is a type of website , usually maintained by an individual with regular entries of commentary, descriptions of events, or other material such as graphics or video
can also be used as a verb, meaning to maintain or add content to a blog .
Many blogs provide commentary or news on a particular subject; others function as more personal online diaries . A typical blog combines text, images, and links to other blogs, Web pages , and other media related to its topic. The ability for readers to leave comments in an interactive format is an important part of many blogs. Most blogs are primarily textual, although some focus on art (), photographs ( photoblog ), sketches ( sketchblog ), videos ( vlog ), music ( MP3 blog ), audio ( podcasting ), which are part of a wider network of social media . Micro-blogging is another type of blogging, one which consists of blogs with very short posts. As of December 2007, blog search engine Technorati was tracking more than 112 million blogs.  With the advent of video blogging , the word blog has taken on an even looser meaning — that of any bit of media wherein the subject expresses his opinion or simply talks about something.
is a website that allows multiple users to create, modify and organize web page content in a collaborative manner.
a collection of Web pages designed to enable anyone with access to contribute or modify content, using a simplified markup language. Wikis are often used to create collaborative websites and to power community websites. The collaborative encyclopedia Wikipedia is one of the best-known wikis.
Wikis allow students to experience the flat world of horizontal connections and contributions (Sharreski, 2006). Allowing students to interact with the material and create their own ideas foster an increased interest in and understanding of the material. Students today have grown up to be very comfortable with and speaking the language of technology (Mader, n.d.). Students expect a learning environment that supports multitasking and collaboration. Rather than bemoaning the fact that students no longer wish to learn in a structured linear fashion, it is our job as educators to learn to speak the language of the student and adapt to tools that foster a sense of contribution and collaboration.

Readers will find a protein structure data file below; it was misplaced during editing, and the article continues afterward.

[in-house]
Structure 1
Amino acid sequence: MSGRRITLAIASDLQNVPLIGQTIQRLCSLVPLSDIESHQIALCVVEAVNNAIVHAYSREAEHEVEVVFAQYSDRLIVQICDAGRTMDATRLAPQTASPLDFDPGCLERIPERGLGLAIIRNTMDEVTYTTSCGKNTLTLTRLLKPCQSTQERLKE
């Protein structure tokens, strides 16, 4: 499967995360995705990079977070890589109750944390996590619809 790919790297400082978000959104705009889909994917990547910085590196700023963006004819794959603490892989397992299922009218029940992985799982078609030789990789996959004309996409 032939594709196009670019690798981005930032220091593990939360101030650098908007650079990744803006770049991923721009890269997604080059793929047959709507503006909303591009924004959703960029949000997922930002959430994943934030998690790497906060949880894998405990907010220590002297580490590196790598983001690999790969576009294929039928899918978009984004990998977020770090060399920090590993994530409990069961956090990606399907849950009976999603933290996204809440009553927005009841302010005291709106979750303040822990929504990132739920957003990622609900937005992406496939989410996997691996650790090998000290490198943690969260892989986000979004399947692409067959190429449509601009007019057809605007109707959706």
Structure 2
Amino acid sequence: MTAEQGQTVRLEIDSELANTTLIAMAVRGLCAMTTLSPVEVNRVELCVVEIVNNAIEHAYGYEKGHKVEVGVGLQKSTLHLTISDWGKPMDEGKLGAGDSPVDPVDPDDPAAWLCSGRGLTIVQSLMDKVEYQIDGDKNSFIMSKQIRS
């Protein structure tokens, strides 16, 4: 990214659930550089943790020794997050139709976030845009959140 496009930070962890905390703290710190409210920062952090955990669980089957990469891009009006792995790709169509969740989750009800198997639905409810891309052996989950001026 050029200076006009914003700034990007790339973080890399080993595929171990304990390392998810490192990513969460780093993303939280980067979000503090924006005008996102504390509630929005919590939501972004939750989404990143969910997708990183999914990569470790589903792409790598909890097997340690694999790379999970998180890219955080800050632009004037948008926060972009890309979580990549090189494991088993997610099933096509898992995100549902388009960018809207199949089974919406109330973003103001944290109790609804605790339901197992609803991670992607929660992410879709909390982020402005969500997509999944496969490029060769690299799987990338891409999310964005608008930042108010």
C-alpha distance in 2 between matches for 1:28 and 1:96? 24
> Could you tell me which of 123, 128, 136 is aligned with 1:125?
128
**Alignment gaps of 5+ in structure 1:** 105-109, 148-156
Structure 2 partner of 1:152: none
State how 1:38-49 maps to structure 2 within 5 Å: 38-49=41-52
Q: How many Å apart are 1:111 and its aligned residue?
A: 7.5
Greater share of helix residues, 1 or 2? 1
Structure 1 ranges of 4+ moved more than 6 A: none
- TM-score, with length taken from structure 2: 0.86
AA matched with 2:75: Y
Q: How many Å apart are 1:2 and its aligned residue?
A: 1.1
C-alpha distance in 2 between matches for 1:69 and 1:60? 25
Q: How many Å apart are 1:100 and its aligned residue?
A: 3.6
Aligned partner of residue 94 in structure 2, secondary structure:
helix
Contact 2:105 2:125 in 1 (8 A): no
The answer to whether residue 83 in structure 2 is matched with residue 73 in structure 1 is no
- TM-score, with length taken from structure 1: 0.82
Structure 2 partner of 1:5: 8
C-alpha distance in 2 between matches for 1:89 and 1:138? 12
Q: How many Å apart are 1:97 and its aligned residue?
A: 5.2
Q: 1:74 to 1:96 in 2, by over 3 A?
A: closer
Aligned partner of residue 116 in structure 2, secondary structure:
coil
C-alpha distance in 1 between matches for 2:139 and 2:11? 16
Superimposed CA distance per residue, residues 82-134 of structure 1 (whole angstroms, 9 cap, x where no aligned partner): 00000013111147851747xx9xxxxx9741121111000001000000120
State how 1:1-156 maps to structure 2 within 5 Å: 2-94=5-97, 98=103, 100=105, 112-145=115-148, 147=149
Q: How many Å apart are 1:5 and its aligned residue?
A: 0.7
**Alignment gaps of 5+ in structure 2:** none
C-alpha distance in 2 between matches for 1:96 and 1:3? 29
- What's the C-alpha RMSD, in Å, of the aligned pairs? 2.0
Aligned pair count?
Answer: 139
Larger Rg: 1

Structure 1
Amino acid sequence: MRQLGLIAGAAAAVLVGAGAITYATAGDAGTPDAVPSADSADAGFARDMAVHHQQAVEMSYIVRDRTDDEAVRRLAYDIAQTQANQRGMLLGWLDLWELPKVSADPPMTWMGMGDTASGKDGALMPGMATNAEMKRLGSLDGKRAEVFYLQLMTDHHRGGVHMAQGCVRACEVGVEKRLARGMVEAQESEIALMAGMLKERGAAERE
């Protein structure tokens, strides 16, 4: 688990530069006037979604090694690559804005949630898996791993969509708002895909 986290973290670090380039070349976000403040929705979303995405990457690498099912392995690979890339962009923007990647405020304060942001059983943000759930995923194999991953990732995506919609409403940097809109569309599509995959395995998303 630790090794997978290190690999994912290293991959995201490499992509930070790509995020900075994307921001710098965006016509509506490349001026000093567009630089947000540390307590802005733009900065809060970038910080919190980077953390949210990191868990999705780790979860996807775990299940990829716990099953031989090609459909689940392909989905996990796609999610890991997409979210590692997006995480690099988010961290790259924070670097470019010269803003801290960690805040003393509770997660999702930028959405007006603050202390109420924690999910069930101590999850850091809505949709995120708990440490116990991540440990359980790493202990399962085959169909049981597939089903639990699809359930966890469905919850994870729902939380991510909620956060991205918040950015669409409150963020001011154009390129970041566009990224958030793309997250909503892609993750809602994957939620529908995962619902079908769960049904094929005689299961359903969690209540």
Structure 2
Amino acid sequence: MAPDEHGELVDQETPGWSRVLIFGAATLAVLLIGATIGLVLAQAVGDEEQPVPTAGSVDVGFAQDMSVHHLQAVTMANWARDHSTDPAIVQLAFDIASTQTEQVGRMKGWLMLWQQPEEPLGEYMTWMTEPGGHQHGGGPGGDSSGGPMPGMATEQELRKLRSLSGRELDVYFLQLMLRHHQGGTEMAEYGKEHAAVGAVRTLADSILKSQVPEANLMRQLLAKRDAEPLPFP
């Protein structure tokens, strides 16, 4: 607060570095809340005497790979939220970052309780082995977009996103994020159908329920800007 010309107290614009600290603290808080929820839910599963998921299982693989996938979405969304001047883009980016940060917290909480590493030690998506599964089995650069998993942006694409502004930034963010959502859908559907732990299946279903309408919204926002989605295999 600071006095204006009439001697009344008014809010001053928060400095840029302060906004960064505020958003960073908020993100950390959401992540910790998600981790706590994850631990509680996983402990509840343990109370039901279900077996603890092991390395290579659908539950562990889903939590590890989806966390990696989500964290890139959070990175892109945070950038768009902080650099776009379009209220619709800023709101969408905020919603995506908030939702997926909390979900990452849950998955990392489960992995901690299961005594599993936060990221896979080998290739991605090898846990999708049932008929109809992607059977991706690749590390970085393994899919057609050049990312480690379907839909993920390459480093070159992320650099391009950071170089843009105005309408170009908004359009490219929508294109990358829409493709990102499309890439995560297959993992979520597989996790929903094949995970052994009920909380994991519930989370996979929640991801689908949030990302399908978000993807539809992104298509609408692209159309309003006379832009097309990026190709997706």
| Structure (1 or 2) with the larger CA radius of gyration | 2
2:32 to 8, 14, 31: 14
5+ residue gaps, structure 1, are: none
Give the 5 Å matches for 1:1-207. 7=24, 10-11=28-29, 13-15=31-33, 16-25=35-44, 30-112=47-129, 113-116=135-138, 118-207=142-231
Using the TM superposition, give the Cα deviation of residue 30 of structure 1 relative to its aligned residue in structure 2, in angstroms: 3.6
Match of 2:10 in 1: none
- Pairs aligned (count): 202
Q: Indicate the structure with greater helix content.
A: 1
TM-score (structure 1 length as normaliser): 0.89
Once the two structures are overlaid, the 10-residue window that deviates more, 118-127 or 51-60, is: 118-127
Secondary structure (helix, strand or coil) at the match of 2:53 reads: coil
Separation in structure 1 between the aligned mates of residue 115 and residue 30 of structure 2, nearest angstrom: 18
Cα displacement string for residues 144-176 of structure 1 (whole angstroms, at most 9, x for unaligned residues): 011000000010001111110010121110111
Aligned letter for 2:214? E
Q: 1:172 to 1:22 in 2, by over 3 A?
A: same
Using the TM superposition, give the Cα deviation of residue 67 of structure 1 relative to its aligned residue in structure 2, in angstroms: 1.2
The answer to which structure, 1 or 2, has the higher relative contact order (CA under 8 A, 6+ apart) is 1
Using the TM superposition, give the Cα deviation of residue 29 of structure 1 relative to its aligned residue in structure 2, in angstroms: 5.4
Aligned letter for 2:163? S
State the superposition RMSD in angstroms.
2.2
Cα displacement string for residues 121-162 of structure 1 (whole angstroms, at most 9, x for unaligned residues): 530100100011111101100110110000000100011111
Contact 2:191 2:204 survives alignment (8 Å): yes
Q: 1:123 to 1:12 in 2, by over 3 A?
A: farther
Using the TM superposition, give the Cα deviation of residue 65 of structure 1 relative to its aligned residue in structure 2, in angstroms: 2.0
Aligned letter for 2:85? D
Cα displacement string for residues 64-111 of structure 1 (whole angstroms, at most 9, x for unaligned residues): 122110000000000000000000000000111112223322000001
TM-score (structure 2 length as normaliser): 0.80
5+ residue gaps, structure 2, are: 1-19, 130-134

What students need to learn is how to write effectively online (Pease, 2007). This includes the ability to design websites, blogging, and contributing to wikis. Students are motivated to write online because of the potential for an audience beyond their classroom teacher (McPherson, 2006a). Writing online also encourages students to view the writing process as a social process rather than a solitary one. Writing online in a context such as a wiki requires that students learn not only writing skills but also how to negotiate, cooperate, and collaborate. In addition, while writing online students also can model good writing skills to one another and learn to respect another person's thoughts and ideas. In addition, the use of a wiki allows more latitude for student creativity in the content of their writings - in a wiki students can add hyperlinks and video content that is unavailable to them in traditional written work.
"a digital recording of a radio broadcast or similar program, made available on the Internet for downloading to a personal audio player," but the generally accepted definition has expanded to include video as well as audio. Originally derived from a combination of "broadcasting" and "iPod.